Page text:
Signal peptide mutations in RANK prevent downstream activation of NF-κB

Julie C Crockett, David J Mellis, Kathleen I J Shennan, Angela Duthie, John Greenhorn, Debbie I Wilkinson, Stuart H Ralston, Miep H Helfrich, Michael J Rogers

Research output: Contribution to journalArticle

17 Citations (Scopus)

Abstract

Familial expansile osteolysis and related disorders are caused by heterozygous tandem duplication mutations in the signal peptide region of the gene encoding receptor activator of NF-kappaB (RANK), a receptor critical for osteoclast formation and function. Previous studies have shown that overexpression of these mutant proteins causes constitutive activation of NF-kappaB signaling in vitro, and it has been assumed that this accounts for the focal osteolytic lesions that are seen in vivo. We show here that constitutive activation of NF-kappaB occurred in HEK293 cells overexpressing wild-type or mutant RANK but not in stably transfected cell lines expressing low levels of each RANK gene. Importantly, only cells expressing wild-type RANK demonstrated ligand-dependent activation of NF-kappaB. When overexpressed, mutant RANK did not localize to the plasma membrane but localized to extensive areas of organized smooth endoplasmic reticulum, whereas, as expected, wild-type RANK was detected at the plasma membrane and in the Golgi apparatus. This intracellular accumulation of the mutant proteins is probably the result of lack of signal peptide cleavage because, using two in vitro translation systems, we demonstrate that the mutations in RANK prevent cleavage of the signal peptide. In conclusion, signal peptide mutations lead to accumulation of RANK in the endoplasmic reticulum and prevent direct activation by RANK ligand. These results strongly suggest that the increased osteoclast formation/activity caused by these mutations cannot be explained by studying the homozygous phenotype alone but requires further detailed investigation of the heterozygous expression of the mutant RANK proteins. © 2011 American Society for Bone and Mineral Research.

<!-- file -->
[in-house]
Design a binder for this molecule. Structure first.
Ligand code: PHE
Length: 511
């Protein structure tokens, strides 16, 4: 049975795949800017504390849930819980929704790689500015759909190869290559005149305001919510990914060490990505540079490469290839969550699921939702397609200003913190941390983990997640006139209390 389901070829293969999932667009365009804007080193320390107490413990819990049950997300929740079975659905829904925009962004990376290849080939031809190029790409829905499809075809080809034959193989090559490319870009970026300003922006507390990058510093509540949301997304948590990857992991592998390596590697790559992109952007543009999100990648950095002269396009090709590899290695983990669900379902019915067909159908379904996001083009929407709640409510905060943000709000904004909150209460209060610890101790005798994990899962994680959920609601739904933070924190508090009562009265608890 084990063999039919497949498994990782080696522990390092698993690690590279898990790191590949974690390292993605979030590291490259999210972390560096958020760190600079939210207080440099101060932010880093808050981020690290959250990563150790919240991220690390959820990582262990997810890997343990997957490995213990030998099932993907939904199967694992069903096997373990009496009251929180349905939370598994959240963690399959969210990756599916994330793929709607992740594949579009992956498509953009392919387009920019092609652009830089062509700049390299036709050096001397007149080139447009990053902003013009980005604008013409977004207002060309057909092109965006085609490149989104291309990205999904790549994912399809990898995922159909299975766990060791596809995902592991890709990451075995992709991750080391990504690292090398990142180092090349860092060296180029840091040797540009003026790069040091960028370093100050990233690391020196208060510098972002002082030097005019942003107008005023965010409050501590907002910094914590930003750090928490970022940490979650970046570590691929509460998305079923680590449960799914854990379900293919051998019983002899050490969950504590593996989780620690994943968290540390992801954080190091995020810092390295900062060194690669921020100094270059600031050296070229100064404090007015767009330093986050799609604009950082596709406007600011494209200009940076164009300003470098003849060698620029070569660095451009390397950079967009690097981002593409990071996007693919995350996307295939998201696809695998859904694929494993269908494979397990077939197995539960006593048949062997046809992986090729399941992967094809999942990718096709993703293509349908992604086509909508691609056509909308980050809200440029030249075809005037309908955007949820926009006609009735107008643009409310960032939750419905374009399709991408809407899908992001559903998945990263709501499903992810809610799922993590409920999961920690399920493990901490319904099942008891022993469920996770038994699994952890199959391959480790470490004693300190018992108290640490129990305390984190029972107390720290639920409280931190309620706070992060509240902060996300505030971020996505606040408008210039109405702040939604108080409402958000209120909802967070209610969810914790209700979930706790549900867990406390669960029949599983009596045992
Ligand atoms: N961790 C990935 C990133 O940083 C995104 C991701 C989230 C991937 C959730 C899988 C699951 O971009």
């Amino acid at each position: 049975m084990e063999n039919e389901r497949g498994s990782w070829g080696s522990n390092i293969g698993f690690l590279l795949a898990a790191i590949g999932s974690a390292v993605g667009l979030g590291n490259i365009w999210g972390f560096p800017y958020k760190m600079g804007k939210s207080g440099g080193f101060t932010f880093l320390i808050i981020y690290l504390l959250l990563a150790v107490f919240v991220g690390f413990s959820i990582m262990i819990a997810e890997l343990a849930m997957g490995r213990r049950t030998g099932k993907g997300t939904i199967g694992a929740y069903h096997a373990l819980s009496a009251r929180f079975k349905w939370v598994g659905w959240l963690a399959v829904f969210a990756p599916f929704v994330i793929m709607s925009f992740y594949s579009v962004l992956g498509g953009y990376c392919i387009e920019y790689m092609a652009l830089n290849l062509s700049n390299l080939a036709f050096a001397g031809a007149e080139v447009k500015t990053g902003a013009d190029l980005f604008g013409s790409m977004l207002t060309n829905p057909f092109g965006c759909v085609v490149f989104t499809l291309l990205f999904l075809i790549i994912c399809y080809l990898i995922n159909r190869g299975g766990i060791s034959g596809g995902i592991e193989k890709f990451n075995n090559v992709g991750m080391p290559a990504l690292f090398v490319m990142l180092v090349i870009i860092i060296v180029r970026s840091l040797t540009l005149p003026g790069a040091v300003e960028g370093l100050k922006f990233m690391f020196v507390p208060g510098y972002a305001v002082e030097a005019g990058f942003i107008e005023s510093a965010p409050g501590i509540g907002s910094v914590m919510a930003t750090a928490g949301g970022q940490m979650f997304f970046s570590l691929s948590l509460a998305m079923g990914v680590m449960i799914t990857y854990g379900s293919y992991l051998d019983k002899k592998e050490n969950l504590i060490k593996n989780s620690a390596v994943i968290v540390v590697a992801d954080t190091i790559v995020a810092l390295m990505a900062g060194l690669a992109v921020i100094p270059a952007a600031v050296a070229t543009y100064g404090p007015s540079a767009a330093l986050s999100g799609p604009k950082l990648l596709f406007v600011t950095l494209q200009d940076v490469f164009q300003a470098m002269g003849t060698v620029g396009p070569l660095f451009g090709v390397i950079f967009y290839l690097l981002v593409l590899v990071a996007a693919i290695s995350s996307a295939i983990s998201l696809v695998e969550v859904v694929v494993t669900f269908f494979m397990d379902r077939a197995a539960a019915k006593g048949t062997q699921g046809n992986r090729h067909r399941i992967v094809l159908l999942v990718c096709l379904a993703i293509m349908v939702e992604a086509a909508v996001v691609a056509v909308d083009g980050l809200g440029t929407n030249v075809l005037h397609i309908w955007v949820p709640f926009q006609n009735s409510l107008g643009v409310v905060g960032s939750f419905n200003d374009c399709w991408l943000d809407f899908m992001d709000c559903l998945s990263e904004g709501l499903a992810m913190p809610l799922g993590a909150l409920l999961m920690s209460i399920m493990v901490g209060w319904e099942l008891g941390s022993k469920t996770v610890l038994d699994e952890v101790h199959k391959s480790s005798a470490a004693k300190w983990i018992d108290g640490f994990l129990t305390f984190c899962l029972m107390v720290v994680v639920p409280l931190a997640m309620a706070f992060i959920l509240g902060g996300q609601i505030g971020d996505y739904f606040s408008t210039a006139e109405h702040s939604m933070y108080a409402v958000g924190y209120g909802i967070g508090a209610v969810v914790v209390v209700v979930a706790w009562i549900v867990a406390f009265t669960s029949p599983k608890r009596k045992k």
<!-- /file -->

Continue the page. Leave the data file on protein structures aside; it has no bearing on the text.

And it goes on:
Original languageEnglish
Pages (from-to)1926-1938
Number of pages13
JournalJournal of Bone and Mineral Research
Volume26
Issue number8
Early online date6 Apr 2011
DOIs
Publication statusPublished - Aug 2011

Fingerprint

Receptor Activator of Nuclear Factor-kappa B
Protein Sorting Signals
Mutation
NF-kappa B
Osteoclasts
Mutant Proteins
Cell Membrane
Ligands
Smooth Endoplasmic Reticulum
HEK293 Cells
Golgi Apparatus
Endoplasmic Reticulum
Genes

Keywords

  • rank
  • familial expansile osteolysis
  • early-onset Paget's disease